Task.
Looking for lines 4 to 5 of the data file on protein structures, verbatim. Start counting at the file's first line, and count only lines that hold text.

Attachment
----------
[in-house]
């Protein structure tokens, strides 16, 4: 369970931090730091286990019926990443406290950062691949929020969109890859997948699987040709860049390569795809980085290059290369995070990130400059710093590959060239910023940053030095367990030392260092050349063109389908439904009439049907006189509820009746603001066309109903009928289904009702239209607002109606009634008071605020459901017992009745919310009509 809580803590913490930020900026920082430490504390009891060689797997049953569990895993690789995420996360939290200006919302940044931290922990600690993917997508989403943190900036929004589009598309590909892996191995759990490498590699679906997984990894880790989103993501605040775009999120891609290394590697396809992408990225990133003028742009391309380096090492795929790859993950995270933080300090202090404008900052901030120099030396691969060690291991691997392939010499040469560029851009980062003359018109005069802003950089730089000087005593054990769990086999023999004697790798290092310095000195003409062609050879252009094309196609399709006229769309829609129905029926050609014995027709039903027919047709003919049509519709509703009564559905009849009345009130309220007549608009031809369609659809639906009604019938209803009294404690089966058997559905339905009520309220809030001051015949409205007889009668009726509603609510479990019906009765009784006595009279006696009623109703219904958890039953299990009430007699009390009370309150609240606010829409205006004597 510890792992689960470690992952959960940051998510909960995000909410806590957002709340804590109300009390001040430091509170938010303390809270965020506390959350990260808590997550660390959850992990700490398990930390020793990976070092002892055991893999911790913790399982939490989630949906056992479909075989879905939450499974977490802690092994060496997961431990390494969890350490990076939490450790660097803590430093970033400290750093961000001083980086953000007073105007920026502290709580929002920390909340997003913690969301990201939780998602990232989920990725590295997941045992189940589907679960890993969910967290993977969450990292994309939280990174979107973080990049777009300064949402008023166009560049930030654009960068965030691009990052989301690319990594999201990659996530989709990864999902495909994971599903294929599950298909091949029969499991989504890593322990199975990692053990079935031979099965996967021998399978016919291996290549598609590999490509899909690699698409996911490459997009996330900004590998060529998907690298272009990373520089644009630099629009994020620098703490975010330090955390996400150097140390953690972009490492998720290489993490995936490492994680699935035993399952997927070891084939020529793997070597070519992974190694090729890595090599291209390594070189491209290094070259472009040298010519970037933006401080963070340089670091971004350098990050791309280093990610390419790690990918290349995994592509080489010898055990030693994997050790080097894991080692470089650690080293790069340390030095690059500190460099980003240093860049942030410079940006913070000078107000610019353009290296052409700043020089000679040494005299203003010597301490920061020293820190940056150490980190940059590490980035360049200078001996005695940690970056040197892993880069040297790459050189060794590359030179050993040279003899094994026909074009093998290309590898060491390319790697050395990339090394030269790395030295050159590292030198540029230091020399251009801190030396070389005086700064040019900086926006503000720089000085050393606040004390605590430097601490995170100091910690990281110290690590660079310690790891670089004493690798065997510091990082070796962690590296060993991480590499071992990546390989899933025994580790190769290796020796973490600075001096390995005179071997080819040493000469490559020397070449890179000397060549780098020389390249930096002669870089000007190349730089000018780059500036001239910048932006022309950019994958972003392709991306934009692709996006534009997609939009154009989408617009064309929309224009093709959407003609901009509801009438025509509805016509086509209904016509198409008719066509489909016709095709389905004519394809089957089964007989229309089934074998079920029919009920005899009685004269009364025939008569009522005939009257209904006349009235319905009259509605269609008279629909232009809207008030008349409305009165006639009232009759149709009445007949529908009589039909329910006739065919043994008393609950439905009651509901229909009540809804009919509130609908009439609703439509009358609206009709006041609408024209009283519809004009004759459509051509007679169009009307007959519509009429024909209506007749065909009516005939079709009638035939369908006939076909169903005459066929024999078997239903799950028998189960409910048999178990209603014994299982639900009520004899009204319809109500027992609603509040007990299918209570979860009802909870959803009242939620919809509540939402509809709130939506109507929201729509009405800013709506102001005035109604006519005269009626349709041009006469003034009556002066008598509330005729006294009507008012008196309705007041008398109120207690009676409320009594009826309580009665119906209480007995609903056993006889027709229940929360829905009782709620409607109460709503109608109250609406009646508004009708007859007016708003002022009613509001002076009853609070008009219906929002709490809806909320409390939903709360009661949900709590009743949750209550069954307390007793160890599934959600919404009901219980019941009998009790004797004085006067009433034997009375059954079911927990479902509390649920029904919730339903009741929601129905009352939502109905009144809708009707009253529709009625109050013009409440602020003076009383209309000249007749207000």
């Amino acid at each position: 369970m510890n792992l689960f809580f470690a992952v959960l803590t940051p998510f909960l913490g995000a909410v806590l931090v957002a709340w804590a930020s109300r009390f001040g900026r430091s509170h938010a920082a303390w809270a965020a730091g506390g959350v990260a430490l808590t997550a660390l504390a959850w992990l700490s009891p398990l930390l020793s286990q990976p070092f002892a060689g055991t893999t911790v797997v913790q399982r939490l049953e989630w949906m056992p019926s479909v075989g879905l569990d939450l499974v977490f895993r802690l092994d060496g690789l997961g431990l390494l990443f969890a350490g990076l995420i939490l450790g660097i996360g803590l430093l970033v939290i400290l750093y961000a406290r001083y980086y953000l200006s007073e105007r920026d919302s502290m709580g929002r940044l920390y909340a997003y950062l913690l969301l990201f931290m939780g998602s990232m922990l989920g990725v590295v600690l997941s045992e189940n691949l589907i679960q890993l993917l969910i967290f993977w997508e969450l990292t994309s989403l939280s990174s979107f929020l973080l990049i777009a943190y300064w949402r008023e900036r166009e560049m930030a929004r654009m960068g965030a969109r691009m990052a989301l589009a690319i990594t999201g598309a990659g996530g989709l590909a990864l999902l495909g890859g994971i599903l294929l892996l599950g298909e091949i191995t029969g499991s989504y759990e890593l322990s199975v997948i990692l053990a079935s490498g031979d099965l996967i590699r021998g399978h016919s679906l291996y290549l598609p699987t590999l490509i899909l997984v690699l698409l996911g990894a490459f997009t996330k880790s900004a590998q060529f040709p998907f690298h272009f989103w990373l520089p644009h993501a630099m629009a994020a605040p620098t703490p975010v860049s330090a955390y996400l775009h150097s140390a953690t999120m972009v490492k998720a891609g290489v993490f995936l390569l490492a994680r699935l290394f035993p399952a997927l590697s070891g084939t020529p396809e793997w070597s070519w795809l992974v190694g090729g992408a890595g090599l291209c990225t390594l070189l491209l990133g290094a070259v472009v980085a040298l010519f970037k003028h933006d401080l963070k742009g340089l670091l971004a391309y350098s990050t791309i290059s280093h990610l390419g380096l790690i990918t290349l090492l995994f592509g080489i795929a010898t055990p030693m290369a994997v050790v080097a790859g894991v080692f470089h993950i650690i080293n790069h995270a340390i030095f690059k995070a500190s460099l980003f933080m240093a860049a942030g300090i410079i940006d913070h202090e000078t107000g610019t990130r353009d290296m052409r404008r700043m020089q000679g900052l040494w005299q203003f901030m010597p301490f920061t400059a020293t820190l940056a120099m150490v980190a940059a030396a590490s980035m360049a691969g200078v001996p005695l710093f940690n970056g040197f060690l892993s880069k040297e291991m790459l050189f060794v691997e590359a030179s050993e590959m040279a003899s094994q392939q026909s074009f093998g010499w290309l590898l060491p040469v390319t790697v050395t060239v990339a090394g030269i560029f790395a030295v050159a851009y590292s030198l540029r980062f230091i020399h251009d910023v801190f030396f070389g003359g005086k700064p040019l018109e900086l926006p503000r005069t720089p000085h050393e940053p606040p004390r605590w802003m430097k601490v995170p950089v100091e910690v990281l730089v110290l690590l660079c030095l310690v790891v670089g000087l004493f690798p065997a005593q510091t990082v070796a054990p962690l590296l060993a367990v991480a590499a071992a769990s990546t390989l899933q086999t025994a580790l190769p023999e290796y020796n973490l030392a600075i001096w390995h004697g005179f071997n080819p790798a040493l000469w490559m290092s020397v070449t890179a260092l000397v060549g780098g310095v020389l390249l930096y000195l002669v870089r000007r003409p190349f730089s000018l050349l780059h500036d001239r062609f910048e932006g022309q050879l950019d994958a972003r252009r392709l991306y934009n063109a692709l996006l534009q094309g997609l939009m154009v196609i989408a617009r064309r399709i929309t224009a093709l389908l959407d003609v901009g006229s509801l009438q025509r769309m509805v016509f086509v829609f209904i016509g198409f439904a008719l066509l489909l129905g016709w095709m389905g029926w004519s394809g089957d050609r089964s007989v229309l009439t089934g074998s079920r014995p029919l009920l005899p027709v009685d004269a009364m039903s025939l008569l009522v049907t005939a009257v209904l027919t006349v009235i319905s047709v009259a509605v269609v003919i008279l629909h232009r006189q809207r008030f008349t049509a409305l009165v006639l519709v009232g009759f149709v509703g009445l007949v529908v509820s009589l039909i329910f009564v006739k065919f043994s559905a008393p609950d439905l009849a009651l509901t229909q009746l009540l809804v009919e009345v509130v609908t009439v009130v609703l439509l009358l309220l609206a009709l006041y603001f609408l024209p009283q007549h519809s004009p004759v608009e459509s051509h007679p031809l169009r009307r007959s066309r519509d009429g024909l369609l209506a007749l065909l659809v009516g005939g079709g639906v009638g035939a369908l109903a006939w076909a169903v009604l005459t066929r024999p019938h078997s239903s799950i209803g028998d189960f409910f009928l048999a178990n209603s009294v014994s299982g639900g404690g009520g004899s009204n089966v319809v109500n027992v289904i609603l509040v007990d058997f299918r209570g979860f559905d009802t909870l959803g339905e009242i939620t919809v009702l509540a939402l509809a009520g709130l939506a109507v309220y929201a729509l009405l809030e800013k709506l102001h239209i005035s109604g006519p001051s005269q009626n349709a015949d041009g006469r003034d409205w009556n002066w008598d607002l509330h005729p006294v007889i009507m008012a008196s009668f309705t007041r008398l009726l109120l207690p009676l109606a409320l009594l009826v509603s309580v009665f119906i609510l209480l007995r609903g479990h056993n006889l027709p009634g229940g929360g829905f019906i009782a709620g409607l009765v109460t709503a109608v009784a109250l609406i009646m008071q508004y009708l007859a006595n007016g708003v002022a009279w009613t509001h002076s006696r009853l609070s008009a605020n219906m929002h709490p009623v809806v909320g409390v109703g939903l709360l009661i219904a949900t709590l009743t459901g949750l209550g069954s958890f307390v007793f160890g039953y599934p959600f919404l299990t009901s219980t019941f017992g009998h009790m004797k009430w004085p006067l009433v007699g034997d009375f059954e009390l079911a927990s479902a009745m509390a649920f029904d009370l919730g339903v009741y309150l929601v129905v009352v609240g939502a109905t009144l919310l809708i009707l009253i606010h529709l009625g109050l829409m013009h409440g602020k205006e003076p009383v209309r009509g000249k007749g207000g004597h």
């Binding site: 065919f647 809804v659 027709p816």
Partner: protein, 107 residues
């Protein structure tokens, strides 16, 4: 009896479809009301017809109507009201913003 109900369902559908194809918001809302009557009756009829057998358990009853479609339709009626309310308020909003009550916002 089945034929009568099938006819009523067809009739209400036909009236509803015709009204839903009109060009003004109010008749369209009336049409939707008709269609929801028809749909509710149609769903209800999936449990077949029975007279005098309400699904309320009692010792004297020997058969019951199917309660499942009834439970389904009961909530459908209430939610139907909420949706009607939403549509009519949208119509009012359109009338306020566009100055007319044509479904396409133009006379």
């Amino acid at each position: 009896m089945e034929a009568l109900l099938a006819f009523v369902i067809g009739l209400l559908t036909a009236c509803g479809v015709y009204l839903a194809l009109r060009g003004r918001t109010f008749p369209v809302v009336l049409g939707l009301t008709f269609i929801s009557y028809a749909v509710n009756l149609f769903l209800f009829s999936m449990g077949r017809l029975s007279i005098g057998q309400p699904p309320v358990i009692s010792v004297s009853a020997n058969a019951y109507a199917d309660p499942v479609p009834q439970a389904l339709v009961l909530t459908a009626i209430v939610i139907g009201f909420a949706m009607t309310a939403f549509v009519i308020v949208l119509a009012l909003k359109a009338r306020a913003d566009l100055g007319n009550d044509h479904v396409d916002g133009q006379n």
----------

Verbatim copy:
């Binding site: 065919f647 809804v659 027709p816």
Partner: protein, 107 residues